They were in the grip of a powerful idea. The process of European integration, which had begun after World War II and proceeded for the next four decades, had achieved an almost sacred status with them. The continent had left behind its awful history in the first half of the twentieth century, with its two world wars and Great Depression, and become peaceful and prosperous. To retain and build on those achievements the governments of Europe had to push integration ever farther, or so the continent’s political elites believed. A common currency had become, by the late 1990s, the next logical step in the process. Still, even that conviction, deeply and widely held though it was, could not have established the euro without the active support of the EU’s two most important countries, France and Germany.
The French embraced the idea of a common currency as part of their perpetual quest for parity with their enemy-turned-partner and more prosperous neighbor Germany. French leaders experienced devaluations of the French franc against the German deutschmark as national humiliations and believed, wrongly, that submerging the two currencies into a single one would restore economic and political parity between the two countries that issued them. They also assumed, or at least hoped—again wrongly as it turned out—that they would control the management of the new currency and would be able to manipulate it to France’s advantage.
The Germans had little enthusiasm for a common currency—with one exception, which, however, proved decisive. Helmut Kohl, the country’s chancellor from 1982 to 1998, developed a personal passion for the project and managed to make the political momentum for the euro irreversible by the time he left office, shortly before it was launched. (Mody disputes the notion that Kohl agreed to it as a quid pro quo for French and European acceptance of German unification.)
To overcome the skepticism of his countrymen Kohl pledged that German taxpayers would never have to contribute any of their own money to the operation of the common currency. This was perhaps a politically necessary promise but also a foolish one, since a certain measure of economic redistribution from the affluent to the impoverished, as occurs in the United States, is a basic condition for the smooth functioning of any currency.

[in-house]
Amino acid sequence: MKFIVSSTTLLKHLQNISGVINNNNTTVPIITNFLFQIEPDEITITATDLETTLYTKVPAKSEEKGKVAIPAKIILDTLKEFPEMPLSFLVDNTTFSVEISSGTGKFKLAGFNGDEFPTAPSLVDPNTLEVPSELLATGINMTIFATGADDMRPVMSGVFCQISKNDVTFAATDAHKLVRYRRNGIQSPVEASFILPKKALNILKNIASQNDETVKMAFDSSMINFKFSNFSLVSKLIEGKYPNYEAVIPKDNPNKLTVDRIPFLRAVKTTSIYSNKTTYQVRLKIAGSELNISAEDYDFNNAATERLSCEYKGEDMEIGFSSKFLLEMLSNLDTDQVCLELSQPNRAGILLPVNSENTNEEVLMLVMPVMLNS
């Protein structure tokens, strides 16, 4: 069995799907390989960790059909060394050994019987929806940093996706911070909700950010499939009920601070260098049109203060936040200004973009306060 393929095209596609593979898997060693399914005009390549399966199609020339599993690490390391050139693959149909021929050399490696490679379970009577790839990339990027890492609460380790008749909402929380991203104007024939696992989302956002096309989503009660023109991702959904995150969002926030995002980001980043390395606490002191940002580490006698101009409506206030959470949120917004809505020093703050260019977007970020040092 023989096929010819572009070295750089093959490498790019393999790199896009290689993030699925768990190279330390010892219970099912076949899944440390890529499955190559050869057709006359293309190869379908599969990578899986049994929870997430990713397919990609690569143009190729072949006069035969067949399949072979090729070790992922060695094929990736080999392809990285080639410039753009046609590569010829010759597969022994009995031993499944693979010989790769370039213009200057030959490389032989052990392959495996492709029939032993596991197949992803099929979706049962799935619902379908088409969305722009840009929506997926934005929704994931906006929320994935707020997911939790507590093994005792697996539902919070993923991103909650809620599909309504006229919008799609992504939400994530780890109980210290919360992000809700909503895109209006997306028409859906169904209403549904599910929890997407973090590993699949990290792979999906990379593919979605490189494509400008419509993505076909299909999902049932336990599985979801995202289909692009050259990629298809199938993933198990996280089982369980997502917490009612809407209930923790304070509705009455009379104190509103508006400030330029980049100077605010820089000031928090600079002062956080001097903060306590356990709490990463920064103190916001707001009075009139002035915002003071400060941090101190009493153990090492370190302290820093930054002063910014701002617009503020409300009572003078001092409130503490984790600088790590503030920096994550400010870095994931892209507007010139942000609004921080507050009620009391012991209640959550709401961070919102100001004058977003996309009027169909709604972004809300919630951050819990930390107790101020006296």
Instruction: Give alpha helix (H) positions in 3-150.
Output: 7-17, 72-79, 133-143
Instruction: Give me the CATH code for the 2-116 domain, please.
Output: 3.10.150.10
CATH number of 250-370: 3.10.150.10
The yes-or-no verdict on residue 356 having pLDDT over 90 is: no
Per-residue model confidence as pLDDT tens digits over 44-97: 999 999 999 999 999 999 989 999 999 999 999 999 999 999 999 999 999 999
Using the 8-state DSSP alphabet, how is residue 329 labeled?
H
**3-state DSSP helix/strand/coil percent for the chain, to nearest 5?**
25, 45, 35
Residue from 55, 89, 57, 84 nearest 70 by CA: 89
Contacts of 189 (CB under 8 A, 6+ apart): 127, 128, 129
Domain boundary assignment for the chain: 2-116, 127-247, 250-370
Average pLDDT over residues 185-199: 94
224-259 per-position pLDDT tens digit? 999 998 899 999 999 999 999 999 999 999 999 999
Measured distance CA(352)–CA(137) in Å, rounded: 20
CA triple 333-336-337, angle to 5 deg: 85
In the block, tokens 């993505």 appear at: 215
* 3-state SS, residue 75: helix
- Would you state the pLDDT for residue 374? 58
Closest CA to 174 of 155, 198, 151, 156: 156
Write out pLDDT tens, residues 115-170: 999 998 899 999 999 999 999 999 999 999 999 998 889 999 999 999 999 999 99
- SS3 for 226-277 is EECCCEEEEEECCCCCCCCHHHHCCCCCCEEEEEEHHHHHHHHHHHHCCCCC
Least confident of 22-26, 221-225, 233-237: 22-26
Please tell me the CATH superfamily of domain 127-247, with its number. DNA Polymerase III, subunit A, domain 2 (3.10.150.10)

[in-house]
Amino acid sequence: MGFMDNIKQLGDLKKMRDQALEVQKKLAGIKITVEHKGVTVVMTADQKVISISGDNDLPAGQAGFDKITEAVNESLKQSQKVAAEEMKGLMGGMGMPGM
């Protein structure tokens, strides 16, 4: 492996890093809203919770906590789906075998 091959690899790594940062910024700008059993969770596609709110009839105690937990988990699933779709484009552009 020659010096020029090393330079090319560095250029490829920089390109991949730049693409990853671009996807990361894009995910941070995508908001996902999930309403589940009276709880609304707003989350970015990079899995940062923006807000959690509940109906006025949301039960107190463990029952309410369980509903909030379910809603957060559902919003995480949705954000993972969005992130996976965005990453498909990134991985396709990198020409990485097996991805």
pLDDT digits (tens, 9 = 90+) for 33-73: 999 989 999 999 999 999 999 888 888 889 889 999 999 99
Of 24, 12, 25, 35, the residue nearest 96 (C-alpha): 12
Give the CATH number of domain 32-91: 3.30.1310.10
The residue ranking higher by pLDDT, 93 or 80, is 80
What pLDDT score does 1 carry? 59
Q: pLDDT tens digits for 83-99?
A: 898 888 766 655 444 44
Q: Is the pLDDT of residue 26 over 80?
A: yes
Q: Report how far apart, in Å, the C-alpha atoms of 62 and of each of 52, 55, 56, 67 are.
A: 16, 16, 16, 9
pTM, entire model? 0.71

Germany also insisted on rigid rules to govern the economic policies of the euro’s members, notably a three percent limit on annual budget deficits. These rules, which were not what the French had had in mind, further restricted the leeway of governments of the eurozone to cope with economic downturns. As a vehicle for expanding political harmony and economic prosperity in Europe, therefore, the euro was set up to fail; and fail it did.
The Greek Crisis
The most conspicuous failure came in response to the Greek financial crisis that started in late 2009 and has still not ended. Greece should not have joined the euro in the first place. Its government obfuscated its economic statistics in order to gain entry and the other European governments, wanting as large a eurozone as possible, chose to accept them at face value.
Greek membership in the euro helped to create a bubble in its own government-issued bonds. Investors at first considered them perfectly safe by virtue of this membership and bought them in large volume. Then, as happens with financial bubbles, the market changed its mind and Greece’s borrowing costs rose sharply, threatening its financial system. Had Greece not joined the euro the other countries in it might have been content to leave the Greeks to their financial fate, or to turn the problem over to the International Monetary Fund. Without the euro, that is, there might have been no Greek crisis, or at least not as serious a crisis nor one in which the other Europeans became so deeply involved. Since it did share their currency, however, the other members of the eurozone concluded that they had to take responsibility for rescuing Greece.